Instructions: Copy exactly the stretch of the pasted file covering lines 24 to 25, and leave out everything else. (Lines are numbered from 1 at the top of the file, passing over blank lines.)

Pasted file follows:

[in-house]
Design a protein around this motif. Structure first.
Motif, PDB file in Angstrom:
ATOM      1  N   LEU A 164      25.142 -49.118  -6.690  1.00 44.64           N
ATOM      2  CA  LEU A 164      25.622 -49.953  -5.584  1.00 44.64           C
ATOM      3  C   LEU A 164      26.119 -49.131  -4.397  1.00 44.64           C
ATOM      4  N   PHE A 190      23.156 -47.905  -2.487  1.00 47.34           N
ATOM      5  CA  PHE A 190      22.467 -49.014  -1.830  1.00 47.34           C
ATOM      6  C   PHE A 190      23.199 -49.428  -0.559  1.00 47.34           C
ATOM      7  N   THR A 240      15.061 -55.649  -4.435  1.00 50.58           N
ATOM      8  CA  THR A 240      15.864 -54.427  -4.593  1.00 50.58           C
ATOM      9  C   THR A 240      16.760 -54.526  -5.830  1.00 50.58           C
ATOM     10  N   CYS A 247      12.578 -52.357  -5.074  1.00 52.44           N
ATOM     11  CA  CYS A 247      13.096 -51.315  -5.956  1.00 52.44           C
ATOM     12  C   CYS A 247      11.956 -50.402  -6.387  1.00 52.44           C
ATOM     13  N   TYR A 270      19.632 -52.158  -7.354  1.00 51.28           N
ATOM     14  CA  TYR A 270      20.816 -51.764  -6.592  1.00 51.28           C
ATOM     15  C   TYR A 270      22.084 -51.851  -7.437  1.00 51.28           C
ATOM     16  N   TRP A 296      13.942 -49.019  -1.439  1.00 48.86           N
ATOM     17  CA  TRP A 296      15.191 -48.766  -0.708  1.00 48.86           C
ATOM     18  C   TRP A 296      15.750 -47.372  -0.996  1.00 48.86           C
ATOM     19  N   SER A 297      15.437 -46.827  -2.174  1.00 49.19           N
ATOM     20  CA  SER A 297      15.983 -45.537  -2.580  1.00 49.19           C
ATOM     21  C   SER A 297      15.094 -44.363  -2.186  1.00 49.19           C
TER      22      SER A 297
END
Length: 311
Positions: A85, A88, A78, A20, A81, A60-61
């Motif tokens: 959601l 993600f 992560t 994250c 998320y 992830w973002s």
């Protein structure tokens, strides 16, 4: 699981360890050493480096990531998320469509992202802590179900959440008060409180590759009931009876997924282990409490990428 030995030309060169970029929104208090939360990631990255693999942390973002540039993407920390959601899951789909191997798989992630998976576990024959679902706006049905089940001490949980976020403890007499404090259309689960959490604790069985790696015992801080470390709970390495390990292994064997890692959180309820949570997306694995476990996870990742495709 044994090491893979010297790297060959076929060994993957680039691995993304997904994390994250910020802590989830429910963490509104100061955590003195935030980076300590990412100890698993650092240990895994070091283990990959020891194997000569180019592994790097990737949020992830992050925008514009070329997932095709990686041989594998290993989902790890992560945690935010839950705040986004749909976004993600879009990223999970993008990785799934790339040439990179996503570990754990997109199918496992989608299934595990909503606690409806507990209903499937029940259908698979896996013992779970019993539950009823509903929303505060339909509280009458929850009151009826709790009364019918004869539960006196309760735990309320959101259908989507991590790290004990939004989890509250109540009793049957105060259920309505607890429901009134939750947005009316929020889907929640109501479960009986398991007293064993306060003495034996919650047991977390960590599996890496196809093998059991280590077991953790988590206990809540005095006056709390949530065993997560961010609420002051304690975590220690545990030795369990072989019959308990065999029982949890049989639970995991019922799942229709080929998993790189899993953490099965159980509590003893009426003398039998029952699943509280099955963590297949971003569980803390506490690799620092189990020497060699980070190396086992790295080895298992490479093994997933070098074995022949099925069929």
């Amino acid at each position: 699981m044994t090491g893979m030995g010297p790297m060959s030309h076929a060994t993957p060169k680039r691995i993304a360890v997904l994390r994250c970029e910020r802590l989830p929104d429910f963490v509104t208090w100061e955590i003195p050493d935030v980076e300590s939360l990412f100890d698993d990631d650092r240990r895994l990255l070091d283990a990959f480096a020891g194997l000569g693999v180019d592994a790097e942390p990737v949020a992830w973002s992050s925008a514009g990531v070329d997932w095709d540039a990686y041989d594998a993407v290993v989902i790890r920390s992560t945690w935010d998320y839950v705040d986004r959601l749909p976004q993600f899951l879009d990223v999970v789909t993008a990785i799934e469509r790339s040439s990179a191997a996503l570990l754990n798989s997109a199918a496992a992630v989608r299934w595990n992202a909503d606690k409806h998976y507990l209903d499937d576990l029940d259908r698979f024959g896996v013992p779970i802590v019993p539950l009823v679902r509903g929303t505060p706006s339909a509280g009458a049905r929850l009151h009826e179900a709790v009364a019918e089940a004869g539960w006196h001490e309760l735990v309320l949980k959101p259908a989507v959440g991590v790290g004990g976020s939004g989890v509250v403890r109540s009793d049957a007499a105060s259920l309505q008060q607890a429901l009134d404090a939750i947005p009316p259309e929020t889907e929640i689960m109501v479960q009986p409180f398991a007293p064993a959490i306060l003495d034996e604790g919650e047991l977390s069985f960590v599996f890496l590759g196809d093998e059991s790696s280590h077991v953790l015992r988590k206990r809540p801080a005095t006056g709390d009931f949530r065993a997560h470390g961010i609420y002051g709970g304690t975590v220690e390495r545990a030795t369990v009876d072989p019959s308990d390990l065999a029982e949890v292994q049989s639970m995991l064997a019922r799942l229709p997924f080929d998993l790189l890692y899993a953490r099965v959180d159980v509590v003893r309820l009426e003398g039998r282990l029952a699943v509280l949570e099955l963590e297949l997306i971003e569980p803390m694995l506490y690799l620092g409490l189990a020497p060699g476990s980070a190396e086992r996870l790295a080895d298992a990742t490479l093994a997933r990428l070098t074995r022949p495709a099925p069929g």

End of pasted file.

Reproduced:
ATOM     21  C   SER A 297      15.094 -44.363  -2.186  1.00 49.19           C
TER      22      SER A 297